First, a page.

Share of Voice vs. Share of Mind
“Nobody counts the number of ads you run; they just remember the impression you make.” –William Bernbach
“Before you can have a share of market, you must have a share of mind.” - Leo Burnett
Share of Voice: How much of the advertising done within your industry and in your market is yours?
Share of Mind: When people think of your product or service, which brands or companies spring to mind? Are any of them yours? Are you the first company they think of or the last? And how do they feel about you when your brand does come to mind?
But forget the definitions of these terms. Here’s how ad legend Dave Trott taught me to understand the powerful difference between Share of Voice and Share of Mind:
Let’s say that 19 ads for competitors are already gaining “exposure” to your prospect. And now your ad is going to enter the mix. That looks something like this:
Now, here’s the important part:
WHAT KIND OF AD DO YOU BROADCAST?
Because if all those other ads are represented by bland, white circles to signify their bland, boring messaging and production, and if you broadcast yet one more smooth, “professional sounding,” blandishment of an ad, then you’ll end up with a 5% Share of Voice.
But what if you don’t do that?
What if you broadcast a flaming red, unignorable ad that hits people between the eyes?
Well, then it would look like this:
Now, technically, at least, you’ll still only have a 5% share of voice.
But will that be how the audience sees, hears, and remembers it?
Will they remember your ad as one of twenty, or will they remember it as the only ad that won their attention and sparked their imagination?
Will they group all the other ads together as so much blah, blah, blah, and single out your ad as the exception to the blah, blah?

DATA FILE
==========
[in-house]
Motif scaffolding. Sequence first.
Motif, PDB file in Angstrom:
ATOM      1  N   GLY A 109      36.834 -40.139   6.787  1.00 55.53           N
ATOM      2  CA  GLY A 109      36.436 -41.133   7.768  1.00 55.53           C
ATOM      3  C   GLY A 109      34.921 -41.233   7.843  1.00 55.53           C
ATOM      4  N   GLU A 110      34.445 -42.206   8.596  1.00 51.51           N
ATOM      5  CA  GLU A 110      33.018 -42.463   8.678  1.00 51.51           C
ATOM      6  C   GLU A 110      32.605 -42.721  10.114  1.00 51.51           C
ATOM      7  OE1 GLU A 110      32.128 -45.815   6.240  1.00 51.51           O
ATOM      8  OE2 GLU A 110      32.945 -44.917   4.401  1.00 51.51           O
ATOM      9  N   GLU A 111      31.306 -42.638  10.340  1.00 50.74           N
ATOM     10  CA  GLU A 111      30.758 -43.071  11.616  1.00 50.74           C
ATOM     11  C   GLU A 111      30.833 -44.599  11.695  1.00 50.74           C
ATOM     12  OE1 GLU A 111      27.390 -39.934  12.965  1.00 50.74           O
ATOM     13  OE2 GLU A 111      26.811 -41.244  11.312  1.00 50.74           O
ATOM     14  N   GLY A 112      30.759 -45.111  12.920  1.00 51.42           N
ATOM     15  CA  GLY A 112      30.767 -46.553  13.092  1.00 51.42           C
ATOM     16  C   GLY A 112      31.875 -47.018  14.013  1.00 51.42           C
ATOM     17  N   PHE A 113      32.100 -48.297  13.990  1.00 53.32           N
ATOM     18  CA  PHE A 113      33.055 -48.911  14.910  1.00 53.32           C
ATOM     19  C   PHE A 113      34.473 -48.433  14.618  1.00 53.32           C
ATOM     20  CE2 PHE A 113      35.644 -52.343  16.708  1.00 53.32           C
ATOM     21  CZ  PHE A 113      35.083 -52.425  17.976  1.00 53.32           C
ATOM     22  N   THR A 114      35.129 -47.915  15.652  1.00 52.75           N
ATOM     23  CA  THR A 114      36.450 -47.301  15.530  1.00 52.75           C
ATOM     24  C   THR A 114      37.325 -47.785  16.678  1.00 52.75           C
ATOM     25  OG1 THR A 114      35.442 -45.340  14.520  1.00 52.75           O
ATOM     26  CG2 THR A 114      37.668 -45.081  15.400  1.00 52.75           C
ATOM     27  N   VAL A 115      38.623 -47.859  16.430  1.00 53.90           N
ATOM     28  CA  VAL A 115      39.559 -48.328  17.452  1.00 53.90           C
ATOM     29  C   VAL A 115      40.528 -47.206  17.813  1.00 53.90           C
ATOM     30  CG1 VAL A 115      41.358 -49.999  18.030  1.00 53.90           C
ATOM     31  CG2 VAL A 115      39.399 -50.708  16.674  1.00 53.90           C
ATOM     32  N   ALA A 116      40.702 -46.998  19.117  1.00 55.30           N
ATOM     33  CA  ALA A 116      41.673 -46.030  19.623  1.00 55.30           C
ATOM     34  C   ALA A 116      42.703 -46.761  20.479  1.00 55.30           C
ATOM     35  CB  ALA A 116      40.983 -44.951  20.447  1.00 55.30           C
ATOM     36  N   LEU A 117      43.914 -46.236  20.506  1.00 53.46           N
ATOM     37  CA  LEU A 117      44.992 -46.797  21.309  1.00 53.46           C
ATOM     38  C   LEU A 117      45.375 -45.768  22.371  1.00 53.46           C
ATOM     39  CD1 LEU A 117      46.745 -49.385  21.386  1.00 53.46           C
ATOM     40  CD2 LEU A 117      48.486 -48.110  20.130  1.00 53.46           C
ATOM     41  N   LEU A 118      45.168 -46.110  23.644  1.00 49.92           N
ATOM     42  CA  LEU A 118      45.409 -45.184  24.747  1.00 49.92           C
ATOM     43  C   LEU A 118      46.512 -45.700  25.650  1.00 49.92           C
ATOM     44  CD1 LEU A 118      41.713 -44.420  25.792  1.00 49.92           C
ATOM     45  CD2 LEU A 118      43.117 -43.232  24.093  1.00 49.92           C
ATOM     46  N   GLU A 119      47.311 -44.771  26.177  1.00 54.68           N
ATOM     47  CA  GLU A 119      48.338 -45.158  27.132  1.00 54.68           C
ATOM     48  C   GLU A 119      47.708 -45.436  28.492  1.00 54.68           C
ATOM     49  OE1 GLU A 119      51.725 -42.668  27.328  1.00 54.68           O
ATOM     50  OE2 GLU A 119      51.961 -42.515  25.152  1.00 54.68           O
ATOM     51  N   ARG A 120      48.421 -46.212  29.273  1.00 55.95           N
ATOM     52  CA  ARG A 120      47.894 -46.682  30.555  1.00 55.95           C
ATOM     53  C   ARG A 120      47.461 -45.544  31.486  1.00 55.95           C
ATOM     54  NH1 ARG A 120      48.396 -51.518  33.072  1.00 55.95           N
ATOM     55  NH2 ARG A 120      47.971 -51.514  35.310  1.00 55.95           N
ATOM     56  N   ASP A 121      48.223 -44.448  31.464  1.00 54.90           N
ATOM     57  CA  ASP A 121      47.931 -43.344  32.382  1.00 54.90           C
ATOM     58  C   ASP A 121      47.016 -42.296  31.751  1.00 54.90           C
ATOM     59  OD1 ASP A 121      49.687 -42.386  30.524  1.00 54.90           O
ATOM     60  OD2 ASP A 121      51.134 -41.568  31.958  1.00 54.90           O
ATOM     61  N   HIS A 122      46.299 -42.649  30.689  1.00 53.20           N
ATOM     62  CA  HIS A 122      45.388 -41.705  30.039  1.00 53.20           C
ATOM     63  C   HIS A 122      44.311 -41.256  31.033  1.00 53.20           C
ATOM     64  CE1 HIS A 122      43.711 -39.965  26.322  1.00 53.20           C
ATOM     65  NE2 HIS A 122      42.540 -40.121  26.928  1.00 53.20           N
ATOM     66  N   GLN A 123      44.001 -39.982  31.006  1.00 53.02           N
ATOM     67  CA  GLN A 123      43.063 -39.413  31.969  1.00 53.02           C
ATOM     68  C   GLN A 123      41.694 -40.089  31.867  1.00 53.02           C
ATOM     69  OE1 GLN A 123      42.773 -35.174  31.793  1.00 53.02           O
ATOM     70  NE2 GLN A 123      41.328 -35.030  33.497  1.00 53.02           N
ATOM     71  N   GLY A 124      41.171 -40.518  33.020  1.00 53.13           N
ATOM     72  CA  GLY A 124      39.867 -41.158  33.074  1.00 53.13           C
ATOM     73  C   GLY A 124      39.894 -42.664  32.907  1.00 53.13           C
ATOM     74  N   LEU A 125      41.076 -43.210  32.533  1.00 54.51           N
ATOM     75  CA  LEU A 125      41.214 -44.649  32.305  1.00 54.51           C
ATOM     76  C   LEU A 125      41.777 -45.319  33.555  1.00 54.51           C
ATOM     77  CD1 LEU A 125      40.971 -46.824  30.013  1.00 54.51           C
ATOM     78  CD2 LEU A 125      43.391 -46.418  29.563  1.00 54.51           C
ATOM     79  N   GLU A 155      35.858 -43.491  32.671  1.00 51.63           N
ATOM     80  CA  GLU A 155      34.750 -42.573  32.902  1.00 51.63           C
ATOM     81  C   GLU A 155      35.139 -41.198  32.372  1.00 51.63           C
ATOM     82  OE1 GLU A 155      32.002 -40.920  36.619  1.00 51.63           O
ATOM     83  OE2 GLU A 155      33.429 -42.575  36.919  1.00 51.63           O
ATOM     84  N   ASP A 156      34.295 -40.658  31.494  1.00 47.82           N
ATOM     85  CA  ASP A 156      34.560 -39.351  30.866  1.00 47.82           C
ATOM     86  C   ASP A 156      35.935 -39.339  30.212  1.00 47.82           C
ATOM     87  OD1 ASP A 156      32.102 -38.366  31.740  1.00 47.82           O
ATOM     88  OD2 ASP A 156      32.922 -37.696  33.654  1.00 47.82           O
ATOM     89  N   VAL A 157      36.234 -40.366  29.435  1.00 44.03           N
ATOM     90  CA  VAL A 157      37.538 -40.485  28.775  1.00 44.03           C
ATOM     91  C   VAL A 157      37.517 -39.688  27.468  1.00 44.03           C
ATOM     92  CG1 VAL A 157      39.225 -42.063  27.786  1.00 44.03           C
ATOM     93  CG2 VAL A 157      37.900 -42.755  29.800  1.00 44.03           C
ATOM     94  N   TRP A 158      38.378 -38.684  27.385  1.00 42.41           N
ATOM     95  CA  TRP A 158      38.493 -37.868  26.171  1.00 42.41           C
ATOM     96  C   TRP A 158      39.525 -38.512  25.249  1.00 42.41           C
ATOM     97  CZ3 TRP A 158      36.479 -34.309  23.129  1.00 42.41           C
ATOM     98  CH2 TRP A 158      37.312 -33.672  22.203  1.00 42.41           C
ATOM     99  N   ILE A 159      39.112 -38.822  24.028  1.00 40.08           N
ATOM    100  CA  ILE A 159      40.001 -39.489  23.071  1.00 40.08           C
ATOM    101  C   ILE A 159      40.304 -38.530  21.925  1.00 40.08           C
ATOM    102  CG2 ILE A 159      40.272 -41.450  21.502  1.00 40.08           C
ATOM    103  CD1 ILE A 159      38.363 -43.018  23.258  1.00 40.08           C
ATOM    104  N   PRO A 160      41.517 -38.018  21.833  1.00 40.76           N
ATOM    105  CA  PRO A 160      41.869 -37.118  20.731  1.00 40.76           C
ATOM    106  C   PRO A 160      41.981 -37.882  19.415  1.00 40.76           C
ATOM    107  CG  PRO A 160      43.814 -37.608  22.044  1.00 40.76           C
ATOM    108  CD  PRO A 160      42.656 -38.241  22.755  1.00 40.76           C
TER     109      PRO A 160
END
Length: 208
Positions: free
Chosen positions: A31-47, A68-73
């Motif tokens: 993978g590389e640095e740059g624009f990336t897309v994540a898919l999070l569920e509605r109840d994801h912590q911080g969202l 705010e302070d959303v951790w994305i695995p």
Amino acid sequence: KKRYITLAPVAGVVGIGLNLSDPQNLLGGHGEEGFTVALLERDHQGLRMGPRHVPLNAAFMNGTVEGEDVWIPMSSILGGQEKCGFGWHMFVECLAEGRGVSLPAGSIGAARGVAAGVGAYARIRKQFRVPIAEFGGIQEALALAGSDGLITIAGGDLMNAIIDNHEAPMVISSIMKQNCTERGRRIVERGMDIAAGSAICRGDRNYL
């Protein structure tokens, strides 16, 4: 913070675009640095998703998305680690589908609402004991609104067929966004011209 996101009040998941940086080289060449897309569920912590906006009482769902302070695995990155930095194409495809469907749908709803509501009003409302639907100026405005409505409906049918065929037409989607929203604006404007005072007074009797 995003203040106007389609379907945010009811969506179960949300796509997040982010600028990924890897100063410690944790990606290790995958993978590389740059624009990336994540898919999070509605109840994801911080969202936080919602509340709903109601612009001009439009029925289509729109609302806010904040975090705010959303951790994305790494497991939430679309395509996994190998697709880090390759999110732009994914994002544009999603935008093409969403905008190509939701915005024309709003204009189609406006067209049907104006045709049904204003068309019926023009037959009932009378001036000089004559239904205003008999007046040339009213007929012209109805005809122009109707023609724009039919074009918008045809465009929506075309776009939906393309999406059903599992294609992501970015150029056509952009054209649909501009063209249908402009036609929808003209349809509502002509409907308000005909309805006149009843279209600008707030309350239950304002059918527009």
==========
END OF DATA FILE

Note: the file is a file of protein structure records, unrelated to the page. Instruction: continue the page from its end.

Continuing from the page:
Well, general life experience and gestalt grouping principles indicate that, yeah, they will.
For instance, do you see the following picture as 36 dots?
Or did your mind automatically group the similarly colored dots together to form six lines of dots, with three lines of white dots alternating with three lines of black ones?
Once you understand that bit of magic, it’s easy to see that — with the use of a red-hot ad — your Share of Mind chart would really looks like this:
Because while you’re still only 1 of 20 ads, yielding a 5% Share of Voice, that’s not how the audience hears and remembers it.
In the mind of the audience, your ad is now 1 out of 2 groupings:
- Group 1 is your ad that stands out, and
- Group 2 consists of all the other ads that blend together.
That equates to a 50% share of mind.
That’s a 10X increase in effectiveness — from 5 to 50 percent!
Simply by moving from a mediocre to a great ad.
Of course, this example is simplified quite a bit. It doesn’t account for past advertising and reputation and already established Top of Mind Awareness, and so on.
Nor does it account for whether your red-hot messaging has much relevance.
Nor whether both your ad and your brand are recalled, or just the ad. Nor whether the recall and associations are positive. And so on.
This advertising business is a bit trickier than most people think!
But the insight remains the same, doesn’t it?
Because, really, that 10X increase IS the most important thing you need to know about Share of Voice and Share of Mind.
This article was written by my brilliant partner, Jeff Sexton.
Morty Silber, CEO
Mad Strategies Inc.
a Wizard of Ads Partner